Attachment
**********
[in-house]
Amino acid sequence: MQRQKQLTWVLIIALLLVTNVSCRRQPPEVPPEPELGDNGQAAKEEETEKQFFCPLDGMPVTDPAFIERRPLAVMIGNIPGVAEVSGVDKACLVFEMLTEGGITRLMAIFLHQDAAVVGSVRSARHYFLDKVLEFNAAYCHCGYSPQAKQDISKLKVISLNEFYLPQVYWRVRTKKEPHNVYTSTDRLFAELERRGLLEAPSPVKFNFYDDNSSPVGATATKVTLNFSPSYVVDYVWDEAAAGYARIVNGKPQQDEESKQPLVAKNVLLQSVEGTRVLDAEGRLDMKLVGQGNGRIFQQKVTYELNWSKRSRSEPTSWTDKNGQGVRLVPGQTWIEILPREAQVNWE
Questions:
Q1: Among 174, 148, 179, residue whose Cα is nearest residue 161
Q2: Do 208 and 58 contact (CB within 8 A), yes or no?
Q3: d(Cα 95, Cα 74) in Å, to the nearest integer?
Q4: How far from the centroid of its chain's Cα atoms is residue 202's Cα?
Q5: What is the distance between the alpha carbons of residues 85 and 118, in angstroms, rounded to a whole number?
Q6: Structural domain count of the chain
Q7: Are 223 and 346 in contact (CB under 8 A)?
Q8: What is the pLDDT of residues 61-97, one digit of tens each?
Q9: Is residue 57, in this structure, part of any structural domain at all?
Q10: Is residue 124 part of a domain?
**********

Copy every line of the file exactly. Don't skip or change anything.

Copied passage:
[in-house]
Amino acid sequence: MQRQKQLTWVLIIALLLVTNVSCRRQPPEVPPEPELGDNGQAAKEEETEKQFFCPLDGMPVTDPAFIERRPLAVMIGNIPGVAEVSGVDKACLVFEMLTEGGITRLMAIFLHQDAAVVGSVRSARHYFLDKVLEFNAAYCHCGYSPQAKQDISKLKVISLNEFYLPQVYWRVRTKKEPHNVYTSTDRLFAELERRGLLEAPSPVKFNFYDDNSSPVGATATKVTLNFSPSYVVDYVWDEAAAGYARIVNGKPQQDEESKQPLVAKNVLLQSVEGTRVLDAEGRLDMKLVGQGNGRIFQQKVTYELNWSKRSRSEPTSWTDKNGQGVRLVPGQTWIEILPREAQVNWE
Questions:
Q1: Among 174, 148, 179, residue whose Cα is nearest residue 161
Q2: Do 208 and 58 contact (CB within 8 A), yes or no?
Q3: d(Cα 95, Cα 74) in Å, to the nearest integer?
Q4: How far from the centroid of its chain's Cα atoms is residue 202's Cα?
Q5: What is the distance between the alpha carbons of residues 85 and 118, in angstroms, rounded to a whole number?
Q6: Structural domain count of the chain
Q7: Are 223 and 346 in contact (CB under 8 A)?
Q8: What is the pLDDT of residues 61-97, one digit of tens each?
Q9: Is residue 57, in this structure, part of any structural domain at all?
Q10: Is residue 124 part of a domain?